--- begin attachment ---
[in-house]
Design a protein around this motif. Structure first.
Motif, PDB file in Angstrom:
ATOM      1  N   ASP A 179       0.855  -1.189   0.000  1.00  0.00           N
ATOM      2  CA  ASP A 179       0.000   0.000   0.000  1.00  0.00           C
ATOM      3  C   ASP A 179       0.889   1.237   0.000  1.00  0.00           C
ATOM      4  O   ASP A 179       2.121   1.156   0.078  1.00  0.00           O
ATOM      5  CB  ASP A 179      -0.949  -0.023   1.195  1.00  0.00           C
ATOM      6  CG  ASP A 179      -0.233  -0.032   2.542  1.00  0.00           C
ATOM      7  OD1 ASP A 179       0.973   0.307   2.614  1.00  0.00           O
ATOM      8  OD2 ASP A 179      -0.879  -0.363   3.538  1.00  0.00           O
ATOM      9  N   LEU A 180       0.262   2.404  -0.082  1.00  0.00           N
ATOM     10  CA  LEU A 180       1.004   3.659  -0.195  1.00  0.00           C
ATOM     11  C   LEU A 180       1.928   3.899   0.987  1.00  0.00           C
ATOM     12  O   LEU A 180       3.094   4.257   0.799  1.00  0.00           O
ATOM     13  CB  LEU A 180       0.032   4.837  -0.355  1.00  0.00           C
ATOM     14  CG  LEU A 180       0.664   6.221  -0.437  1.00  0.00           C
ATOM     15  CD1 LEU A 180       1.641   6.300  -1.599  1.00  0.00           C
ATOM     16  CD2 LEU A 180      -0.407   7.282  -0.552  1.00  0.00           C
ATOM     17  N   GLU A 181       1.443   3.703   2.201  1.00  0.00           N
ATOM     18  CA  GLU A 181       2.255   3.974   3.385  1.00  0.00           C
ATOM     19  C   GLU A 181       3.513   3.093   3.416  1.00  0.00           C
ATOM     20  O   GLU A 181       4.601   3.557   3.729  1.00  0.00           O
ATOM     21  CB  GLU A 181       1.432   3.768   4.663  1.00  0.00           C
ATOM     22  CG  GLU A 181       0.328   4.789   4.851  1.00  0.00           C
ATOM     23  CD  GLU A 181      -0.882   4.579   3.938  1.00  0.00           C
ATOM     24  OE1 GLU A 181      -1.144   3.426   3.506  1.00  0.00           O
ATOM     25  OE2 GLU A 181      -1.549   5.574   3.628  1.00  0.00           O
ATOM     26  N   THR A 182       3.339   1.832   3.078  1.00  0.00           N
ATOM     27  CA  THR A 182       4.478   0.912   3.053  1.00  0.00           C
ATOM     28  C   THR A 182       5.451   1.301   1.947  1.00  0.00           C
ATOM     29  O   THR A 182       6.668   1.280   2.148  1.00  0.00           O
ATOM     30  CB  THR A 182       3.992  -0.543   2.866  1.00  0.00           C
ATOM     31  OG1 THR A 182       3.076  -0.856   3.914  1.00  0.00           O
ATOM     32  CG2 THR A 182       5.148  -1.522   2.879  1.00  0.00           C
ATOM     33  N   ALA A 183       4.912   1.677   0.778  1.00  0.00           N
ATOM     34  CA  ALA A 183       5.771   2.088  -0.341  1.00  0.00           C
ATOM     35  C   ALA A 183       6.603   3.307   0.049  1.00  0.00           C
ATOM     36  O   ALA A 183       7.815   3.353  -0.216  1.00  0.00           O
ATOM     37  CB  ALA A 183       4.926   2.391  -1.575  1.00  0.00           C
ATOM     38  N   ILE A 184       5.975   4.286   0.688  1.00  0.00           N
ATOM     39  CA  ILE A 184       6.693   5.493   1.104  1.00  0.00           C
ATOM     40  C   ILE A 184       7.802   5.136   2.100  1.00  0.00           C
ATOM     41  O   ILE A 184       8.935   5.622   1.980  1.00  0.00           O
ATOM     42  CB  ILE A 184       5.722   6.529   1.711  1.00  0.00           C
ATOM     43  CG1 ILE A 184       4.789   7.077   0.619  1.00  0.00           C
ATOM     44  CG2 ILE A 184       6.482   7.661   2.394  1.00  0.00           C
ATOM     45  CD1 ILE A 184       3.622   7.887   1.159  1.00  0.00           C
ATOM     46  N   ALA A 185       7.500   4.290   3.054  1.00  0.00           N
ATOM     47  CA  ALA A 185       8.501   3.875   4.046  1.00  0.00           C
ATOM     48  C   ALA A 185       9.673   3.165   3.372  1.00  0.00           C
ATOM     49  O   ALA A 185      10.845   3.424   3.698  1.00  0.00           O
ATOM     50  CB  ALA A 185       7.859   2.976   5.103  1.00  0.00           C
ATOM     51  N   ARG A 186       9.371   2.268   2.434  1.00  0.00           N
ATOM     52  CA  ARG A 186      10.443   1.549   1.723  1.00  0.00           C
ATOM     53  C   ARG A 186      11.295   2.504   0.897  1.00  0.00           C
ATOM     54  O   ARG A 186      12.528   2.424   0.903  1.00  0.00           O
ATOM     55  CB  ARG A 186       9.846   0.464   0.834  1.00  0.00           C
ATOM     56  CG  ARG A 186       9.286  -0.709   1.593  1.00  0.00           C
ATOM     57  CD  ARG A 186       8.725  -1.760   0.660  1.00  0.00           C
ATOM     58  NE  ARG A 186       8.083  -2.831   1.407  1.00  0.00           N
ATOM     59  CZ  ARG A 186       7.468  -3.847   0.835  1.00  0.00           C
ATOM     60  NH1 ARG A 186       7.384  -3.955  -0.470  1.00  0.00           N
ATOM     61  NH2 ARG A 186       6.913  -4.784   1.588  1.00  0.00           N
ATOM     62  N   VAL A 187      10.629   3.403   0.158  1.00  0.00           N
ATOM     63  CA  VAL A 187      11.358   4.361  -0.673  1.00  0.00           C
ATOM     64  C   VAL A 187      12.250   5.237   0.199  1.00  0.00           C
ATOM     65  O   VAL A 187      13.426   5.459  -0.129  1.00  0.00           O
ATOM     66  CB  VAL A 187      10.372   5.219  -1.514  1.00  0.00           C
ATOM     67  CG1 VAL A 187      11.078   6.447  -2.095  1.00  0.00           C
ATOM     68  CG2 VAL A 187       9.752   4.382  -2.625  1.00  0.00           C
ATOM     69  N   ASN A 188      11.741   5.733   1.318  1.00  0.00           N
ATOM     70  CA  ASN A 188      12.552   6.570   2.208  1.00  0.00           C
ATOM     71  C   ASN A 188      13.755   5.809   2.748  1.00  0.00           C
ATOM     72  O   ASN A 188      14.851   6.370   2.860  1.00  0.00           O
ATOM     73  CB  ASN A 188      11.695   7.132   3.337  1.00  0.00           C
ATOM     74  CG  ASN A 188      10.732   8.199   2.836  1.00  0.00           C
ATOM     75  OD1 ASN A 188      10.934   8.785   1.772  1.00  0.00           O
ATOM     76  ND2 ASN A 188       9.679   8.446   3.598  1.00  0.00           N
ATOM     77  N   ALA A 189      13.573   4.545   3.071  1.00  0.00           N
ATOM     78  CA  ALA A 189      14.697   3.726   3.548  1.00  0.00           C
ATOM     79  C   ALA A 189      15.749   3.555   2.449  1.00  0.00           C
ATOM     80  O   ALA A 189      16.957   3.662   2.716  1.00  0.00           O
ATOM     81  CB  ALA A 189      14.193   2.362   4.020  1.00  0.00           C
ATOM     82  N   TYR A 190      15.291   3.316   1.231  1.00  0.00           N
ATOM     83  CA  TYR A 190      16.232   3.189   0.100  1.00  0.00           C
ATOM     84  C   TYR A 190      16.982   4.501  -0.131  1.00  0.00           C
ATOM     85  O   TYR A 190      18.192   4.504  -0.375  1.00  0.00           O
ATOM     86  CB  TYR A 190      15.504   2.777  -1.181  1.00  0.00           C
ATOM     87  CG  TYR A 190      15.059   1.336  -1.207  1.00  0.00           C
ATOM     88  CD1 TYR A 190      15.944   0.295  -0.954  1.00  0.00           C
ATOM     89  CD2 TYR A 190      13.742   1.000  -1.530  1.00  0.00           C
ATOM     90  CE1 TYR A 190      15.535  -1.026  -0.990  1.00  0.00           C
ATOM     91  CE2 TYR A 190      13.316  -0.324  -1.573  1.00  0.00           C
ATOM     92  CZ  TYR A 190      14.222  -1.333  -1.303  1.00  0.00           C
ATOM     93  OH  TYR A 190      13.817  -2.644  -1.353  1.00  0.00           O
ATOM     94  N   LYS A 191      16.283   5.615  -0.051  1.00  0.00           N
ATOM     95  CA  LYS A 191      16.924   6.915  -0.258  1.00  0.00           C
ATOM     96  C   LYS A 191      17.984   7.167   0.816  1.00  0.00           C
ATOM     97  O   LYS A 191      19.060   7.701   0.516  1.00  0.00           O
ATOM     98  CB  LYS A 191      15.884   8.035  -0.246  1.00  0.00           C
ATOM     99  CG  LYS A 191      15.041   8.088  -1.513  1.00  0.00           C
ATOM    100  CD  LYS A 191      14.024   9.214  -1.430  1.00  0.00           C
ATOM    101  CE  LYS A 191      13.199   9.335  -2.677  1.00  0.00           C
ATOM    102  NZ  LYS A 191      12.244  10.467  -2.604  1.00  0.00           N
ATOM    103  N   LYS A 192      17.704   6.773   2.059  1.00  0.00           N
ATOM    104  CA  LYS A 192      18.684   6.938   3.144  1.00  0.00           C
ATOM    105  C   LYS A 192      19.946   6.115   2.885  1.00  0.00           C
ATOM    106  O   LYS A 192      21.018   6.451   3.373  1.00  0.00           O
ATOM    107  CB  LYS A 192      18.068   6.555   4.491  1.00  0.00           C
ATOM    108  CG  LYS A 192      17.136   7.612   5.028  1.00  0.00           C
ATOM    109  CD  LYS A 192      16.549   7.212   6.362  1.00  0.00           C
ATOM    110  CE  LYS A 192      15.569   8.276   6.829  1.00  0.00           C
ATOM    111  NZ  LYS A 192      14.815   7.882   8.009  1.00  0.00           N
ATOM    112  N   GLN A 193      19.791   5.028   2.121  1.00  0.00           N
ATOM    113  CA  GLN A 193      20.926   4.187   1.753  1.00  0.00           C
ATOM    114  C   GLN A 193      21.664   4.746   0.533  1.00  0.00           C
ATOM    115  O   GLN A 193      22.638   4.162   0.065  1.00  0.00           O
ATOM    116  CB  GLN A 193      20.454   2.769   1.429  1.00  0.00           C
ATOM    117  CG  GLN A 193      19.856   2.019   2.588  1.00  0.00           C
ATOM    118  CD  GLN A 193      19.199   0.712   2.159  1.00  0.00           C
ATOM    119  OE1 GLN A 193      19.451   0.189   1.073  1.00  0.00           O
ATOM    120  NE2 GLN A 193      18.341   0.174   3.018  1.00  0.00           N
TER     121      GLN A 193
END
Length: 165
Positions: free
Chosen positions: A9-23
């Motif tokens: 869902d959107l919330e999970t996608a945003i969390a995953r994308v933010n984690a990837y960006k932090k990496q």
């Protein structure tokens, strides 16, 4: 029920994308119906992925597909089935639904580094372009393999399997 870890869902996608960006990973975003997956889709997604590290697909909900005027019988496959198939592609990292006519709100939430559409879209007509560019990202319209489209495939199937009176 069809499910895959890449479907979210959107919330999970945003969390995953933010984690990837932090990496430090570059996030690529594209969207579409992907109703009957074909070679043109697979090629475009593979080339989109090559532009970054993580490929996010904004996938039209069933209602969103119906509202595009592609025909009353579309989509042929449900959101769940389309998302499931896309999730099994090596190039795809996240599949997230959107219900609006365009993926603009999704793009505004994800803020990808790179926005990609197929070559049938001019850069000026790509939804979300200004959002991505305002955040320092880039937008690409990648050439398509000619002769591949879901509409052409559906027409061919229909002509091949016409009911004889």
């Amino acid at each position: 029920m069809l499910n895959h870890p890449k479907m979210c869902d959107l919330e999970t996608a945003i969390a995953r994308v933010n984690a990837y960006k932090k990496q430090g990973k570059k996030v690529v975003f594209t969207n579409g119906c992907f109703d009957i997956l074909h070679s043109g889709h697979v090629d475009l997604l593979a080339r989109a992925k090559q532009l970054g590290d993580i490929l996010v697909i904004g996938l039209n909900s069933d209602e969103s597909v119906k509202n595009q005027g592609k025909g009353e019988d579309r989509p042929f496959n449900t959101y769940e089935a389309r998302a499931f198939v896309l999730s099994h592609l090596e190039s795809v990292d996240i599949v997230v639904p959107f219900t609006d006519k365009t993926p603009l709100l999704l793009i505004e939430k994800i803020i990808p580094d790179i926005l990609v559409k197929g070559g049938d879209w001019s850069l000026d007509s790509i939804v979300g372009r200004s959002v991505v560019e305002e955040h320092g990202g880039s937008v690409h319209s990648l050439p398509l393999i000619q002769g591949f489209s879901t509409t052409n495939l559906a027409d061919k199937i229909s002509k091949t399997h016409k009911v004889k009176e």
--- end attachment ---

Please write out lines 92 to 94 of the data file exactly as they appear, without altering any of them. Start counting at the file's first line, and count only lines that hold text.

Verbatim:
ATOM     89  CD2 TYR A 190      13.742   1.000  -1.530  1.00  0.00           C
ATOM     90  CE1 TYR A 190      15.535  -1.026  -0.990  1.00  0.00           C
ATOM     91  CE2 TYR A 190      13.316  -0.324  -1.573  1.00  0.00           C